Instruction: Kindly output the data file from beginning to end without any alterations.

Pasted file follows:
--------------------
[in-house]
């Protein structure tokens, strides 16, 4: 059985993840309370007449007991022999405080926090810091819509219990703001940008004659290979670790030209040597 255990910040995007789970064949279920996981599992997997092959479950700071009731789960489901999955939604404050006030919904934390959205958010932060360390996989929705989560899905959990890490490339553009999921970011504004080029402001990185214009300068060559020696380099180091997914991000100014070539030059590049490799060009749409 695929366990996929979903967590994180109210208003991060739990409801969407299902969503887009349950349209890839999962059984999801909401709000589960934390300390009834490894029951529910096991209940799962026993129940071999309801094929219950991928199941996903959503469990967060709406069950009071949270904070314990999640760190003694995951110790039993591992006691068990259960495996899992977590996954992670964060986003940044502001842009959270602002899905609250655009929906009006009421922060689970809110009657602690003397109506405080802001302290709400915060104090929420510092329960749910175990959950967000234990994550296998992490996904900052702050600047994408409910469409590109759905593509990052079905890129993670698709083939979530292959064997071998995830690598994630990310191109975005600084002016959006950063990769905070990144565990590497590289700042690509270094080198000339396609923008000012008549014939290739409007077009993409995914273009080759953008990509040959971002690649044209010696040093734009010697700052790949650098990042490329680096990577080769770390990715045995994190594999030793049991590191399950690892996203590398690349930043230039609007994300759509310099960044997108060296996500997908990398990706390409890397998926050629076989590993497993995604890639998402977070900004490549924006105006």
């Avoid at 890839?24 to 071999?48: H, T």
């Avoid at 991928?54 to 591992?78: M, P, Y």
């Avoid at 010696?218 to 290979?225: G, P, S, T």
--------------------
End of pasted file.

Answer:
[in-house]
């Protein structure tokens, strides 16, 4: 059985993840309370007449007991022999405080926090810091819509219990703001940008004659290979670790030209040597 255990910040995007789970064949279920996981599992997997092959479950700071009731789960489901999955939604404050006030919904934390959205958010932060360390996989929705989560899905959990890490490339553009999921970011504004080029402001990185214009300068060559020696380099180091997914991000100014070539030059590049490799060009749409 695929366990996929979903967590994180109210208003991060739990409801969407299902969503887009349950349209890839999962059984999801909401709000589960934390300390009834490894029951529910096991209940799962026993129940071999309801094929219950991928199941996903959503469990967060709406069950009071949270904070314990999640760190003694995951110790039993591992006691068990259960495996899992977590996954992670964060986003940044502001842009959270602002899905609250655009929906009006009421922060689970809110009657602690003397109506405080802001302290709400915060104090929420510092329960749910175990959950967000234990994550296998992490996904900052702050600047994408409910469409590109759905593509990052079905890129993670698709083939979530292959064997071998995830690598994630990310191109975005600084002016959006950063990769905070990144565990590497590289700042690509270094080198000339396609923008000012008549014939290739409007077009993409995914273009080759953008990509040959971002690649044209010696040093734009010697700052790949650098990042490329680096990577080769770390990715045995994190594999030793049991590191399950690892996203590398690349930043230039609007994300759509310099960044997108060296996500997908990398990706390409890397998926050629076989590993497993995604890639998402977070900004490549924006105006």
């Avoid at 890839?24 to 071999?48: H, T």
């Avoid at 991928?54 to 591992?78: M, P, Y």
């Avoid at 010696?218 to 290979?225: G, P, S, T």